for licensing and commercialization through the Tech Transfer offices at the participating universities.

Beyond technical impact, proposed research will offer educational and outreach opportunities
through (1) interdisciplinary two-term course development for undergraduate and graduate students on internet of things (2) Training modules on the design and deployment of the DiRTS monitoring platform available to practitioners and (3) diversity outreach through mentoring enable via successful established programs such as Leadership Alliance, Bridging Engineers for Success at Tufts, and Access to Birmingham Uni outreach activity at BiFOR-FACE.

Publications

10 25 50
 
Description IES\R3\203138 - International Exchanges 2020 Round 3
Amount £12,000 (GBP)
Organisation The Royal Society 
Sector Charity/Non Profit
Country United Kingdom
Start 03/2021 
End 03/2023
 
Description Collaboration with Prof Kirsanov from St Petersburg State University 
Organisation Saint Petersburg State University
Country Russian Federation 
Sector Academic/University 
PI Contribution We published a collaborative paper where my research group contributed with a set of experimental data and discussion and analysis of the outcome of the combination of experimental data and chemometric approach for data processing provided by Prof Kirsanov.
Collaborator Contribution We published a collaborative paper where Prof Kirsanov's group contributed by chemometric approach for analysis of a set of experimental data provided by my group. Prof Kirsanov's group also had a significant role in the discussion and analysis of the outcome of the results.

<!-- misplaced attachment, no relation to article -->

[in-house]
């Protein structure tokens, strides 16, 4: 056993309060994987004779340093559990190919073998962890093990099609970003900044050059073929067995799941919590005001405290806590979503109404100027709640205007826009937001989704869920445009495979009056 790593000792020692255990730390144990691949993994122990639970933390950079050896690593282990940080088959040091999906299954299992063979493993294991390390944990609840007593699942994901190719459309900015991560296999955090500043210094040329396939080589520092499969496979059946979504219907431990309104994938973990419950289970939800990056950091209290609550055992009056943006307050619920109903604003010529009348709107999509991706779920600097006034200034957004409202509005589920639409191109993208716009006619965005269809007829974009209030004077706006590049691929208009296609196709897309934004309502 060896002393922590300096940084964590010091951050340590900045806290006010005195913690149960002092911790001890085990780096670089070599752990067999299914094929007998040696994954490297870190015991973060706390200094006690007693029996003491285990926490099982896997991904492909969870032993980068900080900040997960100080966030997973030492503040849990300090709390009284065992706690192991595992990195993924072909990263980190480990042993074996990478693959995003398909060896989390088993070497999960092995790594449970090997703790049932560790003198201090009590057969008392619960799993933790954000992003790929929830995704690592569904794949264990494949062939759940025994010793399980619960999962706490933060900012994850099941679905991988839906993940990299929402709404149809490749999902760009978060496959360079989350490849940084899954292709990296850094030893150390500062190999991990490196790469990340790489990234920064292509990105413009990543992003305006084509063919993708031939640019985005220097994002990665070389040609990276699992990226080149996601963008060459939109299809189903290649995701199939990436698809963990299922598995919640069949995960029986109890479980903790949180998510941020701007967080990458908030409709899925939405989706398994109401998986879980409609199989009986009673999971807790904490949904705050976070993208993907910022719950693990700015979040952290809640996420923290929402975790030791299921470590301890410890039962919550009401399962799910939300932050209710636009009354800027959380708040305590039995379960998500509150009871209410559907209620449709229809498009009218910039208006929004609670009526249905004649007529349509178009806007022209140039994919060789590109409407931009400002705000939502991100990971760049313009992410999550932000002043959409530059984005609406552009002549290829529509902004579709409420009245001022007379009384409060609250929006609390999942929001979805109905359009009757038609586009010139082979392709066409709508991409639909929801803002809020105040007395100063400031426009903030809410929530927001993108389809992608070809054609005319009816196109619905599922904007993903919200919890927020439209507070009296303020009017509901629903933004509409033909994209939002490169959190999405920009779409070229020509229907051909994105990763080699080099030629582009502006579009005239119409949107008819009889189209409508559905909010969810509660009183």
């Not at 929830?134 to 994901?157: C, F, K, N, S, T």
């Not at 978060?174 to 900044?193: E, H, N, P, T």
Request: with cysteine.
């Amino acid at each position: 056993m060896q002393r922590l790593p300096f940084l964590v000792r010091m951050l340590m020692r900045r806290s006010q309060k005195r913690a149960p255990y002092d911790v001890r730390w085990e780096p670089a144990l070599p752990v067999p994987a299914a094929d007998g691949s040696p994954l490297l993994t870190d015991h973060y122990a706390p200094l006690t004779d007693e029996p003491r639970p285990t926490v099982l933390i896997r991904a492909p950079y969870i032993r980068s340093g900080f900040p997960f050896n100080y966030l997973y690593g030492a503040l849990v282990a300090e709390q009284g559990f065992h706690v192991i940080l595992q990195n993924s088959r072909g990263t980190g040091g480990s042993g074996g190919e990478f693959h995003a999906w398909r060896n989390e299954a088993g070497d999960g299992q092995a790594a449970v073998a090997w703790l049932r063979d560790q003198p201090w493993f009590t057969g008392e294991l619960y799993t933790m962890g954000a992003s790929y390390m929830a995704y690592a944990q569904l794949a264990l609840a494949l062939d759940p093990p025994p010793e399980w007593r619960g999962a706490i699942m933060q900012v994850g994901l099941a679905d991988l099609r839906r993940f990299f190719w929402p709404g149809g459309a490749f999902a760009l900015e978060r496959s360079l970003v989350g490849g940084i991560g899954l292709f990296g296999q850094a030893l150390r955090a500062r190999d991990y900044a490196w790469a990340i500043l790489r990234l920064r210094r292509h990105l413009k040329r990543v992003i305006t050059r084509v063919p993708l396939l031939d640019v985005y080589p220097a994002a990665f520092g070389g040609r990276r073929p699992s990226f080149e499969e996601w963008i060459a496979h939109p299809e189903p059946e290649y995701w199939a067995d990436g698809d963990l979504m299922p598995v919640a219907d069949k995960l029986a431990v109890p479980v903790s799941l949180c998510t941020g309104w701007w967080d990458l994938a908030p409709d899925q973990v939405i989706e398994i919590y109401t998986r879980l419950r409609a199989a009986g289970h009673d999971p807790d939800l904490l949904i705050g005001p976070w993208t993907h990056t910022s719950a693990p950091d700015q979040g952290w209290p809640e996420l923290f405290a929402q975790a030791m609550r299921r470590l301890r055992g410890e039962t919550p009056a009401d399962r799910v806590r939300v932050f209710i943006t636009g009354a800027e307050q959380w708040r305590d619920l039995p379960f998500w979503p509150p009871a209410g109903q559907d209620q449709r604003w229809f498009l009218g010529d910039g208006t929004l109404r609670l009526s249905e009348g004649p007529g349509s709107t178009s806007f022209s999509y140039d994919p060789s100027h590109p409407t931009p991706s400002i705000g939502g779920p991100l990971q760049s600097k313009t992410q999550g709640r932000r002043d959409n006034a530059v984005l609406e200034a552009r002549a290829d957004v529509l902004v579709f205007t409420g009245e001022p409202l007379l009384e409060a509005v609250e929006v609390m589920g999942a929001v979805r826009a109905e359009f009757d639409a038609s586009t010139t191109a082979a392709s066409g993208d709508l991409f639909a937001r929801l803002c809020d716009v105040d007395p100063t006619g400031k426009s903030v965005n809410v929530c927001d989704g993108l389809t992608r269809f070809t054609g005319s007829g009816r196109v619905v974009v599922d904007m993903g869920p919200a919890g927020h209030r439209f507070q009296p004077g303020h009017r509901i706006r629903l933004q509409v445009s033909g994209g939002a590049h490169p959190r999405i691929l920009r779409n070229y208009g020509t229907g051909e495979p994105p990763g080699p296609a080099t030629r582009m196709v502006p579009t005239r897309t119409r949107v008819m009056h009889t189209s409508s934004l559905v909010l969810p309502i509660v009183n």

Impact The paper has just been accepted for publication in Sensors and Actuators B: Chemical. The paper still has no DOI number but is expected soon after the deadline for submission of this report passes. The manuscript number is SNB-D-21-00056R1 This collaboration is multi-disciplinary. We combine experimental analytical chemistry (utilizing ionophore-based sensors) by the group of Dr Radu and chemometric by the group of Prof Kirsanov.
Start Year 2020
 
Description Collaboration with Prof Kirsanov from St Petersburg State University 
Organisation Saint Petersburg State University
Country Russian Federation 
Sector Academic/University 
PI Contribution We published a collaborative paper where my research group contributed with a set of experimental data and discussion and analysis of the outcome of the combination of experimental data and chemometric approach for data processing provided by Prof Kirsanov.
Collaborator Contribution We published a collaborative paper where Prof Kirsanov's group contributed by chemometric approach for analysis of a set of experimental data provided by my group. Prof Kirsanov's group also had a significant role in the discussion and analysis of the outcome of the results.
Impact The paper has just been accepted for publication in Sensors and Actuators B: Chemical. The paper still has no DOI number but is expected soon after the deadline for submission of this report passes. The manuscript number is SNB-D-21-00056R1 This collaboration is multi-disciplinary. We combine experimental analytical chemistry (utilizing ionophore-based sensors) by the group of Dr Radu and chemometric by the group of Prof Kirsanov.
Start Year 2020